Apply for an H1B work visa for NYC

If you have an existing job offer in NYC or elsewhere in the United States, there are a number of different types of United States work visas that may suit your situation. One of these US work visas is the H1B work visa, which is meant for “specialty occupations”. It is important that you make sure that your occupation qualifies as a specialty occupation before you apply to avoid waisting time. 

Work in NYC on an H1B work visa

Before you apply for an H1B work visa, make sure you qualify. The types of occupations considered to be valid for an H1B work visa are called specialty occupations, and this means that these occupations cannot be filled by just anyone. In most cases, these jobs require that you have a special skill set and likely a higher level of education such as a bachelor degree at the very least.

Please note that it must not only be your specific employer who requires a bachelor degree or higher for the position they’ve offered, but the job in general must require one.

Your employer must be able to prove that they will pay you the prevailing wage for the occupation in question, as well as provide a prevailing wage determination, an employer’s petition and an employer’s attestation. These are important steps in the H1B work visa application procedure, and you will need these forms for your own application.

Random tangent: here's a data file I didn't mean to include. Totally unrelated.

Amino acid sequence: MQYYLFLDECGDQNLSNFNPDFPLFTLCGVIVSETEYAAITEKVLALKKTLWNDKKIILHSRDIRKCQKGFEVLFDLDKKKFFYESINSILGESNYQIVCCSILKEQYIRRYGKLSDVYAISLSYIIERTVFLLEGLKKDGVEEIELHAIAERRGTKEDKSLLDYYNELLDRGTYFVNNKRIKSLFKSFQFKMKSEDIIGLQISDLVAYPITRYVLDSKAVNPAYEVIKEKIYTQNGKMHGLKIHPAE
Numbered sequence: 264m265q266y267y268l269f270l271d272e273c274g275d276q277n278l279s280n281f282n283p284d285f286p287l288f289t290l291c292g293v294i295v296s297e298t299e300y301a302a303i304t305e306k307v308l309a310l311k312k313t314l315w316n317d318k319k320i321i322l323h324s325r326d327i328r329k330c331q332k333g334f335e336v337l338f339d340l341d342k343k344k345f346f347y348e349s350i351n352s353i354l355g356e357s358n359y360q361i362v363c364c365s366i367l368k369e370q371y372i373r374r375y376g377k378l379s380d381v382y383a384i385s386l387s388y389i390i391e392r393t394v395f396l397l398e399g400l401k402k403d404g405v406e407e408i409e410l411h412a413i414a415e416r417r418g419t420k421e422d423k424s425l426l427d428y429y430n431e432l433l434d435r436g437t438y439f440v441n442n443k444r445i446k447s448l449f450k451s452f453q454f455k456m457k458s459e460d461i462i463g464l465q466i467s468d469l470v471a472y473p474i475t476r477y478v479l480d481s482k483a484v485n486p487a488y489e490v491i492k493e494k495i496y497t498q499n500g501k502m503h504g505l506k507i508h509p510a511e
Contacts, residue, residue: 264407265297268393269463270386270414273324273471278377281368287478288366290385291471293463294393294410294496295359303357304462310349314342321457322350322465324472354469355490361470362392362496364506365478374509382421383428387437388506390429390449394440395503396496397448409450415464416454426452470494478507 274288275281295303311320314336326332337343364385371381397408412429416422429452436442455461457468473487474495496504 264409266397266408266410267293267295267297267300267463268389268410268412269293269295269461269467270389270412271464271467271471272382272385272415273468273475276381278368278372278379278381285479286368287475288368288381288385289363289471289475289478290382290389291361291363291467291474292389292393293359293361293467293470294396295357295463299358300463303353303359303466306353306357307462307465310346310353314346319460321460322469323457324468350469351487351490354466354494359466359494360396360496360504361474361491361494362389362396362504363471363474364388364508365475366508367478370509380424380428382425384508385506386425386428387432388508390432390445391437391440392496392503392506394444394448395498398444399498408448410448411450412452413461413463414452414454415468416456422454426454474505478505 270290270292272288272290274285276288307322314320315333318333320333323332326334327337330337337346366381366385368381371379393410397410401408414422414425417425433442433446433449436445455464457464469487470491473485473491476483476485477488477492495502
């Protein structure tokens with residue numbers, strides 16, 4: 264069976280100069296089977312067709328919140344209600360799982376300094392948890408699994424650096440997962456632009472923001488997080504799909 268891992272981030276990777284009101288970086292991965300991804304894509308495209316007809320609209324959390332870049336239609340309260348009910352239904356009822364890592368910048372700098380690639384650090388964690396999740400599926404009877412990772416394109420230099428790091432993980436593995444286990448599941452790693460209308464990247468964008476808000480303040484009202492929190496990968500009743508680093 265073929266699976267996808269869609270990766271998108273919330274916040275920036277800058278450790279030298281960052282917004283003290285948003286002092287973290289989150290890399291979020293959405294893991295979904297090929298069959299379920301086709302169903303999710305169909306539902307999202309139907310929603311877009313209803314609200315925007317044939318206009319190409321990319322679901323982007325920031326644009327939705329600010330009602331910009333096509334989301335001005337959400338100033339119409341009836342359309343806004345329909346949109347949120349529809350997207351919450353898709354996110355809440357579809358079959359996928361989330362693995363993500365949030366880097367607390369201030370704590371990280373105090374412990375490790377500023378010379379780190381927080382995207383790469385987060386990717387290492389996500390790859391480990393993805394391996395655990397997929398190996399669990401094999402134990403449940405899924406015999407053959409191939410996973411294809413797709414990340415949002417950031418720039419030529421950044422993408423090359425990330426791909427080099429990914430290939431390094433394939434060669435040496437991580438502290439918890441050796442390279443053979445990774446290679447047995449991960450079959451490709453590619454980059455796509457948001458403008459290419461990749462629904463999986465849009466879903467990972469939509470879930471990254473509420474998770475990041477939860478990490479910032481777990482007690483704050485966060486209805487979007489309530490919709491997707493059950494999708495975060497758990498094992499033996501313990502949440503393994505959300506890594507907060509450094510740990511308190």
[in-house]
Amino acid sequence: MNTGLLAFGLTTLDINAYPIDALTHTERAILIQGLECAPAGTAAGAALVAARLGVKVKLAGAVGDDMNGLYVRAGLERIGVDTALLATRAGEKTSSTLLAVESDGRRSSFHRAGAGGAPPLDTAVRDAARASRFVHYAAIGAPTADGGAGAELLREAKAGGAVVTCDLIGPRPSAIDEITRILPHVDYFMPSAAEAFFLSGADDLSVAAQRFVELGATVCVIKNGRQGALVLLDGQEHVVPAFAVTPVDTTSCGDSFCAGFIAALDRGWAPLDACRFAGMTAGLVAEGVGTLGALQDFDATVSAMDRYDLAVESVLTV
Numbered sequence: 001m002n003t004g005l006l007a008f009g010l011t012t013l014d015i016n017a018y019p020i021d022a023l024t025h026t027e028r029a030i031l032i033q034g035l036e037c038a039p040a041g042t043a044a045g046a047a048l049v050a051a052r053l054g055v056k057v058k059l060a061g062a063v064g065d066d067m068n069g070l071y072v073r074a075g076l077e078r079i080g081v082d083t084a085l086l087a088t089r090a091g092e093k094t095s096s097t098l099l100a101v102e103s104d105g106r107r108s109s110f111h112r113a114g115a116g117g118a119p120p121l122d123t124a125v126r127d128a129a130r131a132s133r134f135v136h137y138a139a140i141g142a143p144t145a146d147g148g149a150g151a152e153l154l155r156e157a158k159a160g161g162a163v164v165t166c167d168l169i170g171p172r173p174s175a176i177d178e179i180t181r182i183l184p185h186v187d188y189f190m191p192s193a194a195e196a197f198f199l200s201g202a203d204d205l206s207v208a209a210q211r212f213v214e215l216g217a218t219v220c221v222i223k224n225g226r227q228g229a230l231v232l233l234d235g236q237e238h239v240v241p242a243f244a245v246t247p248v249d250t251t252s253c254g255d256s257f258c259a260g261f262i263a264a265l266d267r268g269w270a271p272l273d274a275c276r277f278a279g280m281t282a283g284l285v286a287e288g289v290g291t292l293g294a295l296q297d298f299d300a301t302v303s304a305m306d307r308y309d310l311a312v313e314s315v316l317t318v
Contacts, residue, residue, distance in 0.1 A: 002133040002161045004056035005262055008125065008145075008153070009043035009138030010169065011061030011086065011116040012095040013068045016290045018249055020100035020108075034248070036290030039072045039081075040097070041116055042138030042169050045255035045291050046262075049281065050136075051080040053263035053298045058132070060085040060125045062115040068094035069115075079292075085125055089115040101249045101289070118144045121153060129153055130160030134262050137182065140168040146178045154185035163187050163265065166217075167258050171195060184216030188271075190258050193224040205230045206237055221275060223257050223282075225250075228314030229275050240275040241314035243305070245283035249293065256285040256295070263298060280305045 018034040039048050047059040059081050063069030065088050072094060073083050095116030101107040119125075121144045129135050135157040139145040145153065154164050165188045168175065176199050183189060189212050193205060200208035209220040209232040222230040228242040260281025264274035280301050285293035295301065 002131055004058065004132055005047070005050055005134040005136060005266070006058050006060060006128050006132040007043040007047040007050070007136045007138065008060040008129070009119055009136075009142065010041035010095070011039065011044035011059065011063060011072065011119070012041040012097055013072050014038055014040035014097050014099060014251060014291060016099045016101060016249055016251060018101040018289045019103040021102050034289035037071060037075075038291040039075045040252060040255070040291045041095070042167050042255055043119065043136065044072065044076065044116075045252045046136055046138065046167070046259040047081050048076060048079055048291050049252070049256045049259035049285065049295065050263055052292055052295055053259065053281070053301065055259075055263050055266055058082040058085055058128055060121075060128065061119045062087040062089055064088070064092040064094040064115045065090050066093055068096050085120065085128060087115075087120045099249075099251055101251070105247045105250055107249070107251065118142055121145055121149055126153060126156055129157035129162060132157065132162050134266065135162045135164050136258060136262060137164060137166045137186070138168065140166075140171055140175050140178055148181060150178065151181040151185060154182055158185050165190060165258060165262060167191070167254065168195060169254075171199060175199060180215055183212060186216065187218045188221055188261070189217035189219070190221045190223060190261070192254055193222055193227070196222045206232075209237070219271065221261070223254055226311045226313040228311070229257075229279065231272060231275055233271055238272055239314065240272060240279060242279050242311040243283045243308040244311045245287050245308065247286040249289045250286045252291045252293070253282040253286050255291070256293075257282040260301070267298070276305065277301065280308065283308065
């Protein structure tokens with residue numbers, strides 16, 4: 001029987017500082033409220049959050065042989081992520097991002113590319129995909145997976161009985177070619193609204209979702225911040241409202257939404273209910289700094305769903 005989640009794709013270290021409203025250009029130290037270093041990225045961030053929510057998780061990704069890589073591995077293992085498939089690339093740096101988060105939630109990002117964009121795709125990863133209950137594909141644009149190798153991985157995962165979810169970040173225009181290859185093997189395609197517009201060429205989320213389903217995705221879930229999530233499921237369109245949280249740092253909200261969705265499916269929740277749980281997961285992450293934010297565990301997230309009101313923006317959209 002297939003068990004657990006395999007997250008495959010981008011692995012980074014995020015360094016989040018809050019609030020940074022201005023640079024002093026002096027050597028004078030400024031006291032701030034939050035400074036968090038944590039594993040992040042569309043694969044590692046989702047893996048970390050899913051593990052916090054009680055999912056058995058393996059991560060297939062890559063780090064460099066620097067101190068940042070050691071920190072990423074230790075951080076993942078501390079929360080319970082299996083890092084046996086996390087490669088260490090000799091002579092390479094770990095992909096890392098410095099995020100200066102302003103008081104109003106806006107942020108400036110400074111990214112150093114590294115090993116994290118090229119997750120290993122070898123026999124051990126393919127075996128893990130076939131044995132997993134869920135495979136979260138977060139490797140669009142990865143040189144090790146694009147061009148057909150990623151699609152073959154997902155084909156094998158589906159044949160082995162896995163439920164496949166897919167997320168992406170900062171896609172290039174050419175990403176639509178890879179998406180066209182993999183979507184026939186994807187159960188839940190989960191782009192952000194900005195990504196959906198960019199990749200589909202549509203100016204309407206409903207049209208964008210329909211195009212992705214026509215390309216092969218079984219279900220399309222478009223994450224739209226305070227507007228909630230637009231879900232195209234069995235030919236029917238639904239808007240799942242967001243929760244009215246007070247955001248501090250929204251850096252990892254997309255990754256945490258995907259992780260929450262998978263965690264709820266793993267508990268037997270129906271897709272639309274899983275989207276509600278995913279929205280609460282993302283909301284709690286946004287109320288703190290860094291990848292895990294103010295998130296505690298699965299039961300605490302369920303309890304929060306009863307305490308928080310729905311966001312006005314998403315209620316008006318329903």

H1B work visa lawyers serving NYC and the surrounding areas

We are immigration lawyers (or attorneys in the United States) that handle H1B visa applications regularly. Note that this application has an annual cap and you may need assistance known exactly where and when you can or should apply. Because this type of work visa is very competitive, you need to make sure that your application shines and is free of any errors or omissions that will result in a denial or a processing delay.

We can help you. Please contact us using the number above to speak with a licensed immigration lawyer as soon as possible for an assessment of your case and assistance in obtaining a visa to work in the United States.

Any information provided here does not constitute legal advice and is intended for general information only. Should you require legal advise, you are encouraged to contact a lawyer directly. All blog postings are public and are not subject to solicitor/client confidentially. Case results depend on a variety of factors unique to each case, and case results do not guarantee or predict a similar result in any further case undertaken by the lawyer.

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